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up on the roof, Dawn of the Dead

read another review of this remake -
Dawn Of The Dead

also see our review of the original film -
Dawn Of The Dead (1978)
December 2004 SITE MAP   SEARCH

Dawn Of The Dead:
The Director's Cut
cast: Sarah Polley, Ving Rhames, Jake Weber, Mekhi Phifer, and Matt Frewer

director: Zack Synder

110 minutes (18) 2004
widescreen ratio 2.35:1
EV DVD Region 2 rental or retail
Also available to rent or buy on video

RATING: 8/10
reviewed by Ian Shutter
About ten minutes longer than the original UK theatrical release, this version has more character development and a few extra bits of gore, but these add little to an enjoyable shocker that's already one of the best remakes of the new century.

Sarah Polley is a first-class horror movie heroine as nurse Ana, who's attacked by her living-dead husband before escaping from the escalating carnage of suburbia plagued by terrifyingly zombies. Despite debutant director Zack Snyder's fanboy willingness to pay tribute to George A. Romero's classic black comedy, there's a sense that sincere efforts were made to improve upon certain aspects of the 1978 original. Not just in updating the unlikely premise but also heightening the level of menace. Here, the zombies here are faster moving, almost athletic, and often rather more dangerous than the fiercest rabid dogs imaginable.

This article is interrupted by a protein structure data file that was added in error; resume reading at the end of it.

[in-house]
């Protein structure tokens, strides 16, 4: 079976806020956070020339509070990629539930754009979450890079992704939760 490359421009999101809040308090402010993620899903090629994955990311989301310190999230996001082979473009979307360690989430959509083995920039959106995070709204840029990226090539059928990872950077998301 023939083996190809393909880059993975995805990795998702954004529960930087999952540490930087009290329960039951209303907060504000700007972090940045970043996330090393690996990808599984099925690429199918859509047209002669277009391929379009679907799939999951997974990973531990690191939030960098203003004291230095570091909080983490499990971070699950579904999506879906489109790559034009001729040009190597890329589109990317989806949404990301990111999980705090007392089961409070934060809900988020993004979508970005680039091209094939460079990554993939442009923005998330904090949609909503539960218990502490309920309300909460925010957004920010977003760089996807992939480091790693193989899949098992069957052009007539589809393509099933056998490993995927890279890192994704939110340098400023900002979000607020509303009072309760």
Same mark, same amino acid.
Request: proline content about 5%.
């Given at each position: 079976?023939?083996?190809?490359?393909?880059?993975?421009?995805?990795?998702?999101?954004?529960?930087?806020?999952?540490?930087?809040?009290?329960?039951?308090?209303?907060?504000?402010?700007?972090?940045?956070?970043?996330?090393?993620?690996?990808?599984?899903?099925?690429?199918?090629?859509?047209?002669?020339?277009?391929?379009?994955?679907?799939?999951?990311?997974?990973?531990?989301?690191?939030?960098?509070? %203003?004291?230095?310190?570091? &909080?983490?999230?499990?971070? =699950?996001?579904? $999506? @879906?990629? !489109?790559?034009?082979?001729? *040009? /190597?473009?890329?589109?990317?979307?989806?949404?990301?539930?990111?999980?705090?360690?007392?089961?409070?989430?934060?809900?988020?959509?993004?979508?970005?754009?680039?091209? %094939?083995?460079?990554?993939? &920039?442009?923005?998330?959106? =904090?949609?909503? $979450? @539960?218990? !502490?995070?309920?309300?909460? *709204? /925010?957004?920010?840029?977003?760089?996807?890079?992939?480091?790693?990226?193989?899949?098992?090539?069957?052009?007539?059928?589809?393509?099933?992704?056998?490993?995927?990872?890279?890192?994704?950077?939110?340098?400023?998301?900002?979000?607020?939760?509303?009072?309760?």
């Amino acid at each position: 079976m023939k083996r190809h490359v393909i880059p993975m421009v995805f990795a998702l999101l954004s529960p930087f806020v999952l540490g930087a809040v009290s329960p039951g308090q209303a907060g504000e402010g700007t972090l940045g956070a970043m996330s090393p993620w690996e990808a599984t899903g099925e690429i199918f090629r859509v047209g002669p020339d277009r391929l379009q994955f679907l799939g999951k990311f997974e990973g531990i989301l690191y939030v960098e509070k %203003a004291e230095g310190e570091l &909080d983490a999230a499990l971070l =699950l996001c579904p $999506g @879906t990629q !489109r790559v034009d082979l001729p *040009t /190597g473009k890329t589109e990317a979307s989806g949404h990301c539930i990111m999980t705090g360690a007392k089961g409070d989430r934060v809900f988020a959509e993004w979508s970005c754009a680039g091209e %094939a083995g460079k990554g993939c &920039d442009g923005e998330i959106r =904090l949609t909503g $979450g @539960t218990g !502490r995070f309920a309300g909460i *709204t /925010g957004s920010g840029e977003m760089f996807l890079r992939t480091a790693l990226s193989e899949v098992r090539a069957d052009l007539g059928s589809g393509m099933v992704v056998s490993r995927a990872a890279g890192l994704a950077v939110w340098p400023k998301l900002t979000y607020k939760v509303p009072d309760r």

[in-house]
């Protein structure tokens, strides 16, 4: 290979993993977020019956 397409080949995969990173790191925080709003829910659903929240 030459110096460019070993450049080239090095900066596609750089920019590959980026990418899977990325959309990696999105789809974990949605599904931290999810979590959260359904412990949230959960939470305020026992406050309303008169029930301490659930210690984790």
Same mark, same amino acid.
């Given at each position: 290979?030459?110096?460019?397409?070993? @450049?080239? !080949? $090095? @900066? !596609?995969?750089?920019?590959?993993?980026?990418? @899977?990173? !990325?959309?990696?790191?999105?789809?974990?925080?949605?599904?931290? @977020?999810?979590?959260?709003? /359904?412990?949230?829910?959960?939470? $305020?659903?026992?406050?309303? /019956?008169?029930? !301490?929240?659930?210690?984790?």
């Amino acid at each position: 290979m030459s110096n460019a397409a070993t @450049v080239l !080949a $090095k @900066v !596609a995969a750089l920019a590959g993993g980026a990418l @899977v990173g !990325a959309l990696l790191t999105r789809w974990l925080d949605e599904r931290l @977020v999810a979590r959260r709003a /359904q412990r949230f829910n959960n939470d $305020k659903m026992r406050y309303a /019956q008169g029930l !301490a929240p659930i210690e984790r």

As the uniformed cop Kenneth, favourite movie-hardman Ving Rhames is a most admirable casting choice, portraying a less cynical and more humane individual than many of the other characters in this movie, and he's quite ably supported by Jake Weber as the sympathetic and intelligently perceptive Michael, perhaps one of the least imposing and basically likeable screen heroes of recent years. Even as selfishness (some armed security guards at the shopping mall demonstrate their serious social problems with trusting anyone, to say the least), denial (more than one survivor of the seemingly 'viral' outbreak of zombification hides their infected bite wounds from the others), bigotry, ignorance, and plain old stupidity conspire to rapidly decrease the number of still-breathing survivors and the safety of those left alive, the drama zips along with gritty or gallows humour, and - refreshingly - without a hint of the preachy tone that many a lesser filmmaker would have been unable to avoid.

The DVD release has an excellent anamorphic transfer enhanced for 16:9 TV with Dolby digital sound in 2.0 stereo, 5.1 surround, and DTS options, plus English subtitles. Disc extras: The Lost Tape reveals Andy's last days on earth, Special Bulletin is a pseudo tabloid newscast about the zombie threat, there's a batch of deleted scenes with accompanying commentary from the director, two featurettes - Raising The Dead and Attack Of The Living Dead, plus special effects expose, Splitting Headaches, which looks at the anatomy of exploding heads. On top of all this, we get a feature commentary by Synder, with producer Eric Newman.

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